Transfer of Receptor Binding Assay for Harmful Algal Toxins
Project Number: INT/7/015
To stimulate discussion on risk assessment, standard setting, and regulatory practice protocols; to establish a link with the Intergovernmental Oceanographic Commission (IOC) harmful algal blooms (HABs) web site; to facilitate a reliable and sustained supply of toxin standards and radiolabelled toxin required for the receptor binding assay (RBA) programme; to prepare quality assurance/quality control (QA/QC) procedures to be used for purifying saxitoxin (STX) and radiolabelled STX; and to adapt RBA to render it less susceptible to non-ideal laboratory conditions in order to be used in remote locations.
One of the most serious and visible problems facing coastal waters is related to the phenomena commonly known as red tide or HABs. HABs cause the entry of toxic substances into the human food chain.
One of the most significant manifestations of HABs is that certain algal species produce toxins that can accumulate in seafood products, thus posing a risk to human consumers. The effect on humans range from mild discomfort to debilitating long-term illnesses and even death. Paralytic shellfish poisoning (PSP) has the most significant impact on human health. Because of the risk to health, many countries monitor and regulate the levels of such toxins in shellfish, just as they do with the bacterial and viral contamination to which shellfish are also subject.
Regulation when HABs are present usually takes three forms: closure of commercial fisheries, warning to subsistence harvesters, and prohibitions on commercial trade in shellfish products. The mouse bioassay (MBA) is certified for this purpose by the Association of Official Analytical Chemists (AOAC) and is the method against which other methods are judged. While it is simple, rugged, and reliable, the method is neither inexpensive, rapid, nor sensitive.
Large sample loads require that mouse colonies numbering to the thousands be maintained accompanied by large space requirements and maintenance costs, even when no testing is being conducted. Moreover, the use of live animals for product testing is prohibited in many countries and will be discontinued in others. Reliable, rapid, sensitive, and accurate assays for toxins are a requirement for any legal regulatory framework. Standardization from country-to-country is needed for testing applied to goods traded in international commerce.
A key application of nuclear technologies that can circumvent the problems highlighted for the MBA is RBA. This method will ensure sustained and effective shellfish toxicity monitoring worldwide. The scope of the PSP problem ensures a significant impact of an interregional programme that encourages this change with the involvement of a large number of countries.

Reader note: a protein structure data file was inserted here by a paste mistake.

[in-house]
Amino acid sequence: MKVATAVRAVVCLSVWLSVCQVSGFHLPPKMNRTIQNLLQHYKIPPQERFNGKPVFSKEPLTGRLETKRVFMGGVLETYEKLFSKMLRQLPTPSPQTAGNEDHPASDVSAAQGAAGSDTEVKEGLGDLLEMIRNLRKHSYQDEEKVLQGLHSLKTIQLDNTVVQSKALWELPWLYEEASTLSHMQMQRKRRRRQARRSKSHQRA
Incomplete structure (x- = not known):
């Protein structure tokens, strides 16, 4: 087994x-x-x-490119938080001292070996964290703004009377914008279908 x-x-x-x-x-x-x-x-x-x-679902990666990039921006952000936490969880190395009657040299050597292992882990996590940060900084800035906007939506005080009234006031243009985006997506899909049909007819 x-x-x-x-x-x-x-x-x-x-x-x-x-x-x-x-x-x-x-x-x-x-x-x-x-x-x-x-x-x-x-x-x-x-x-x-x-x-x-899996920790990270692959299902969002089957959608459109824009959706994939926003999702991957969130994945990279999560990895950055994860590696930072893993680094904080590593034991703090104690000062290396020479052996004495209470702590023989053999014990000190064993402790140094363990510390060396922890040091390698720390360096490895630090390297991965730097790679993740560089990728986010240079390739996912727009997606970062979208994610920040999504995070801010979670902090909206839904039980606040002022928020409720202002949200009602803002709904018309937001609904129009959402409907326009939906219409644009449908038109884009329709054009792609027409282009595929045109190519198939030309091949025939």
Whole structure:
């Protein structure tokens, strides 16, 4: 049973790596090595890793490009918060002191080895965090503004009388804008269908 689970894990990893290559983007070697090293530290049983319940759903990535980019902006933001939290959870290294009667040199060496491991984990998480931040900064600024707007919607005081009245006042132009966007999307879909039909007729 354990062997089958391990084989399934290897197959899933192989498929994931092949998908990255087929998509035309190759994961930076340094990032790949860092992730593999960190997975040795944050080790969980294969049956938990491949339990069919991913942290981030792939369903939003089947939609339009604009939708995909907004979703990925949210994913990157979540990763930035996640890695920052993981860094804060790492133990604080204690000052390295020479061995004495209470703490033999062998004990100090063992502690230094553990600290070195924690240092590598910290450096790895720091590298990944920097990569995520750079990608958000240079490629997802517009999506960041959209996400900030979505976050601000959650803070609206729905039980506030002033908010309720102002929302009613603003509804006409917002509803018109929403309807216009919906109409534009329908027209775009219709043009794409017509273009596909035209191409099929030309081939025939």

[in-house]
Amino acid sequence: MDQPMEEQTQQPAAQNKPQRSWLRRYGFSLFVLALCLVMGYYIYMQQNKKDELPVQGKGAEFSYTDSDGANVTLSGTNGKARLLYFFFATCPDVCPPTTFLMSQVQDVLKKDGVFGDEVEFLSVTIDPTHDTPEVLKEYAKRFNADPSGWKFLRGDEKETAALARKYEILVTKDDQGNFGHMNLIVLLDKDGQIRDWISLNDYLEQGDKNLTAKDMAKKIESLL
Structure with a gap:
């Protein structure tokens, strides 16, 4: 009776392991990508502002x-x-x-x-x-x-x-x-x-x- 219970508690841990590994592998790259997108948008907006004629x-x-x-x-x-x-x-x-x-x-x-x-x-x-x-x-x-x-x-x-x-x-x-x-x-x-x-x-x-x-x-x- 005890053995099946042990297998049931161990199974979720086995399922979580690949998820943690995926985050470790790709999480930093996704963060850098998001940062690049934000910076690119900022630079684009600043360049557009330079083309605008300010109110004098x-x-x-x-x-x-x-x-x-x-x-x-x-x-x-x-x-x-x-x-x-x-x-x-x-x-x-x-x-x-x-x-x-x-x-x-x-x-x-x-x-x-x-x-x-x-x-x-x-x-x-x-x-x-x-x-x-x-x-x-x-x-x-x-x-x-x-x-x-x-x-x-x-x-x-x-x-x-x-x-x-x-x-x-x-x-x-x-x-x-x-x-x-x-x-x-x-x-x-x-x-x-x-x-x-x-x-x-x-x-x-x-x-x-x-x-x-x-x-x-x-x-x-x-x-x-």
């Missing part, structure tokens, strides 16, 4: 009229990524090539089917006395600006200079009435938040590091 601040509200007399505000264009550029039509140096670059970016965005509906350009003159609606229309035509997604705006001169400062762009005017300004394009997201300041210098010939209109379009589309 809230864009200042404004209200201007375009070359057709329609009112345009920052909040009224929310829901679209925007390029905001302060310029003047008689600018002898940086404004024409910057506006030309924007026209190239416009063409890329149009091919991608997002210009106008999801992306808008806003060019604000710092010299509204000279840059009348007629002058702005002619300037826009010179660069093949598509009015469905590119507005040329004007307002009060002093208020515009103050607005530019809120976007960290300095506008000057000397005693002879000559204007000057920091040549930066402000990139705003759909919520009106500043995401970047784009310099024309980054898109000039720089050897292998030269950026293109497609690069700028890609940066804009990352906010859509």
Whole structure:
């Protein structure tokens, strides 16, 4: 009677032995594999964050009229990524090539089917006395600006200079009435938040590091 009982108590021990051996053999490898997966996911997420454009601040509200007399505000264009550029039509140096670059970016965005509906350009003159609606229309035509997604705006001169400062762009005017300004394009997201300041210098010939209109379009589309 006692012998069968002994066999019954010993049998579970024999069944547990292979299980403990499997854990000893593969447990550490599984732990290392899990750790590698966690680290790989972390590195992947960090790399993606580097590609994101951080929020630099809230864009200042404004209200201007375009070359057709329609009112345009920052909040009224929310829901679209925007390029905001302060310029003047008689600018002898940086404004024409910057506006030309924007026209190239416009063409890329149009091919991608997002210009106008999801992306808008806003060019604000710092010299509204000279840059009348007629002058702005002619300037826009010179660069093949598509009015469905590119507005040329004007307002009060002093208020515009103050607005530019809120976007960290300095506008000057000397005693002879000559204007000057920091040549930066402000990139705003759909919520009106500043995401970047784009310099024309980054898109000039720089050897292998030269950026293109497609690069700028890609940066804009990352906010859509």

The participating Member States will provide adequate laboratory facilities and personnel, and use the RBA technology in their national monitoring programmes.
Support activity, supply of reagents, and expert missions; subcontracts, inter-laboratory QA/QC calibration exercises; and provision of information and modification of equipment.
Number of Member States using QA/QC procedures provided.
Written protocols of regulatory practice including the use of RBA in national programmes.
Amount of purified radiolabelled STX produced.
Number of applications of modified radiometric detection and data acquisition hardware to be used in RBA development.
Number of publications in international refereed journals referring to RBA from participating institutions.
Partner institutions will be interconnected via the IOC HABs web site. This interconnection will facilitate the sharing of education and technical resources related to HABs and their toxins. Established QA/QC procedures for purified STX and radiolabelled STX will provide consistency in testing. Regulatory practices will be revised identifying RBA as a reliable, rapid, sensitive, and accurate assays for detecting toxins in seafood.
Strengthened monitoring and management strategies for HABs will increase the export of shellfish products and the income of commercial fisheries in the participating countries. The number of poisoning cases and deaths due to PSP will be reduced. Mitigation and elimination of HABs will contribute to national economies and sustainability of Member States.